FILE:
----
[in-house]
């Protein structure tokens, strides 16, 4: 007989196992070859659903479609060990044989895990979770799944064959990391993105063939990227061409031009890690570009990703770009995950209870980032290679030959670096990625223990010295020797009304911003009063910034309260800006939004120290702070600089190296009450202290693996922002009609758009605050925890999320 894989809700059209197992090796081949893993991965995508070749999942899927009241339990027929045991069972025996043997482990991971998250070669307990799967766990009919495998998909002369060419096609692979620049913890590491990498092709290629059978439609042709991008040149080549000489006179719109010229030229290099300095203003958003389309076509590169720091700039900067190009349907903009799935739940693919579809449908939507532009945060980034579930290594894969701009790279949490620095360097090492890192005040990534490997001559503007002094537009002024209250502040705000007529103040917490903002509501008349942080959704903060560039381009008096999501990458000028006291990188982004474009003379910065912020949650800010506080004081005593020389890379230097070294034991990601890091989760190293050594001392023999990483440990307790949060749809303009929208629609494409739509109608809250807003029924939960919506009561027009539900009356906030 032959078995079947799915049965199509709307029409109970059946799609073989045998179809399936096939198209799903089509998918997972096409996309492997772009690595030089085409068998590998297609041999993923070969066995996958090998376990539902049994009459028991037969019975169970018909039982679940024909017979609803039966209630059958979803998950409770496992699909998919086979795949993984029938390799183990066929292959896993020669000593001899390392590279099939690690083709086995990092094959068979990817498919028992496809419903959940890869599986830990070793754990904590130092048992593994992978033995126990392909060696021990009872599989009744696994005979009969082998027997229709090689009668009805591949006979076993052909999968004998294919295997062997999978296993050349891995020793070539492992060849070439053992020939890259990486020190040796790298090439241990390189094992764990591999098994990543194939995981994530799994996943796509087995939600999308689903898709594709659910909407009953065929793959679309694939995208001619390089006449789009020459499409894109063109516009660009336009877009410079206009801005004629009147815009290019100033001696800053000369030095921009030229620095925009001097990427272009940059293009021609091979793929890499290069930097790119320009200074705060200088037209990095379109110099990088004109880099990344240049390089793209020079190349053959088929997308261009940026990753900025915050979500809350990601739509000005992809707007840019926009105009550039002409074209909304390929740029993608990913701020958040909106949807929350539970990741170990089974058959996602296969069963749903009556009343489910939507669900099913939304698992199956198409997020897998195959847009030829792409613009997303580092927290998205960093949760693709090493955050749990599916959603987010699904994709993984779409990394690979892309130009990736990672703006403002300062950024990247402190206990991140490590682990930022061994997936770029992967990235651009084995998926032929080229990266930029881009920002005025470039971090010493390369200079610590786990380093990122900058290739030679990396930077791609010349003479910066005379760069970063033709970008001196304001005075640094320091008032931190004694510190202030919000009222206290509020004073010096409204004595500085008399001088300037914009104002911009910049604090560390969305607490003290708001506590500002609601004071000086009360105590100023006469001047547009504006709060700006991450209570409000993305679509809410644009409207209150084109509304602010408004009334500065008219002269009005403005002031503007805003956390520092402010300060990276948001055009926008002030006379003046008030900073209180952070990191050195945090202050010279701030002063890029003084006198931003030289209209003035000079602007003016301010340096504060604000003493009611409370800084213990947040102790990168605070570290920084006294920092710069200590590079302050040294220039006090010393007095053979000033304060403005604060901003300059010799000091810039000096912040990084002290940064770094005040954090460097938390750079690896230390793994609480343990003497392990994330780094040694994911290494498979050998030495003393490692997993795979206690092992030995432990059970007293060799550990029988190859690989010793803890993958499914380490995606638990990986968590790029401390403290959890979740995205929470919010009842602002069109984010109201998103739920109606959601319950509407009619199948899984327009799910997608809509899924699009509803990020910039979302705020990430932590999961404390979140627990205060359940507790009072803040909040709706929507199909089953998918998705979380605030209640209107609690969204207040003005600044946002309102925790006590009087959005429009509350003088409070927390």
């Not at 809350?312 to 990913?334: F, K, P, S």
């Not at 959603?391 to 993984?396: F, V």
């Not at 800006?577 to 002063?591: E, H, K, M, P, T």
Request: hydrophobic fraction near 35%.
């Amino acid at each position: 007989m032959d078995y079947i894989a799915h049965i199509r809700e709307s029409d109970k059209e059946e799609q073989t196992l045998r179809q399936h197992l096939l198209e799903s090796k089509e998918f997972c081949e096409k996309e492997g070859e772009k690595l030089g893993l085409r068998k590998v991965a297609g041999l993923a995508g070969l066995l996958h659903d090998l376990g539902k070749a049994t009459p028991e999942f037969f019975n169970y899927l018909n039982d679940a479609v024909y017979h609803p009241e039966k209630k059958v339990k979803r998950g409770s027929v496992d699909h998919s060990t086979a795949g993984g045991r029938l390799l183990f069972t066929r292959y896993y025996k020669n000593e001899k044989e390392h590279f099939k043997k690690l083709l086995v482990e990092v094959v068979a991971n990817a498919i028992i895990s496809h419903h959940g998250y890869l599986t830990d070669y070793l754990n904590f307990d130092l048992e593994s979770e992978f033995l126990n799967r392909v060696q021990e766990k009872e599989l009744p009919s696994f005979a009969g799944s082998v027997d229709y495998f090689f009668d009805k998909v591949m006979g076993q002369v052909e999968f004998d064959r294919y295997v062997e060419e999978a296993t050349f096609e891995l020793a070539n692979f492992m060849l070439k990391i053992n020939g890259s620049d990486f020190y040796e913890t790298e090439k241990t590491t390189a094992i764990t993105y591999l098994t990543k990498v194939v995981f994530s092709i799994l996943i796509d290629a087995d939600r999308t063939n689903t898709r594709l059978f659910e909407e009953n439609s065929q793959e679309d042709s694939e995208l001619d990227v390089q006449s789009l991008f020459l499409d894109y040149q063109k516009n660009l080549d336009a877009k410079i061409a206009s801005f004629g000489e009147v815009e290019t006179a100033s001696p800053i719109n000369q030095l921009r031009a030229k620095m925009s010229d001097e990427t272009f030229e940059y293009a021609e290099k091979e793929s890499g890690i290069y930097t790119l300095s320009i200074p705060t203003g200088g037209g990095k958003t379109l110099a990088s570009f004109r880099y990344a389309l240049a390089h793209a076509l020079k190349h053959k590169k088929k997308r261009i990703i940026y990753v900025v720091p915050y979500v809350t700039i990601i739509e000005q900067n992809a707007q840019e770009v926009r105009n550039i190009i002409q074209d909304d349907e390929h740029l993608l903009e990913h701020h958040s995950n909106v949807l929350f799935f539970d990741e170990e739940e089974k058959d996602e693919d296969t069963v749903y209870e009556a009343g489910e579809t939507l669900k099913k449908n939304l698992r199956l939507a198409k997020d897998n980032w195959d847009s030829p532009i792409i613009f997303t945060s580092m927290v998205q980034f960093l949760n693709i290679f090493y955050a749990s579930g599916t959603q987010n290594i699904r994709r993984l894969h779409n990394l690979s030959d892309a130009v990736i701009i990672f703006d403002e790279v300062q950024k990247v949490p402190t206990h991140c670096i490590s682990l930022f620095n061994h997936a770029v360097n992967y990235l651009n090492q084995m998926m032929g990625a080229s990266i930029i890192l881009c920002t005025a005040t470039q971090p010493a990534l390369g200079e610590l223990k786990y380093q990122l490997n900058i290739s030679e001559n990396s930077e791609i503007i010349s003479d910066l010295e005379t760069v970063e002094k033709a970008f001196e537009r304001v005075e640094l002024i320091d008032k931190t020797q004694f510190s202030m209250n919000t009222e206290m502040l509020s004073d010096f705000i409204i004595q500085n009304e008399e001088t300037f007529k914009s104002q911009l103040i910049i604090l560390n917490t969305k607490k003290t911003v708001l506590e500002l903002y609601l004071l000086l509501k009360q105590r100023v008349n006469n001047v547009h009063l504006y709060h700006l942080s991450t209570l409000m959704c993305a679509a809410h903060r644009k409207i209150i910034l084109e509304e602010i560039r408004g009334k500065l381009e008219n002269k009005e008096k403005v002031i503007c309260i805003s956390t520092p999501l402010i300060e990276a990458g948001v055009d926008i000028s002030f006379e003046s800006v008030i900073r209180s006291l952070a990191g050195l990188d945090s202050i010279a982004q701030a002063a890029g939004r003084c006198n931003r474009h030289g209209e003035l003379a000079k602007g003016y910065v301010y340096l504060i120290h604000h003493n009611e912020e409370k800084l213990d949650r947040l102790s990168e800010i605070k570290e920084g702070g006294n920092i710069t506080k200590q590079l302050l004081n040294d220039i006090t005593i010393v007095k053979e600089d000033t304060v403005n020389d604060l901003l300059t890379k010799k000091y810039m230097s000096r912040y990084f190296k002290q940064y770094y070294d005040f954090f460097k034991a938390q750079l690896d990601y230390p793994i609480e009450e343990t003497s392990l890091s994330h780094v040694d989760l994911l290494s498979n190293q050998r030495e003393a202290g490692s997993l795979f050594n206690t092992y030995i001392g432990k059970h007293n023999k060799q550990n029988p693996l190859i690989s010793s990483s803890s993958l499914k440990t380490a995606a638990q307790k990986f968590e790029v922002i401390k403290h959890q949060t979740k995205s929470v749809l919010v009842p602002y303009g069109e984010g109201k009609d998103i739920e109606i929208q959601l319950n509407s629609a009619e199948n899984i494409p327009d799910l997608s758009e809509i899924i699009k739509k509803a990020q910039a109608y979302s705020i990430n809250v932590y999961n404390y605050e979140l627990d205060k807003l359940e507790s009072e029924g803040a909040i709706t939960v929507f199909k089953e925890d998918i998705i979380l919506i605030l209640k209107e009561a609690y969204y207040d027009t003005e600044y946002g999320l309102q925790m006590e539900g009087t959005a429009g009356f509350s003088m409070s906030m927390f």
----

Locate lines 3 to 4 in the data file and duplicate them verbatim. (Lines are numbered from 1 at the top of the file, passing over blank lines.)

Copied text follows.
């Not at 809350?312 to 990913?334: F, K, P, S």
């Not at 959603?391 to 993984?396: F, V």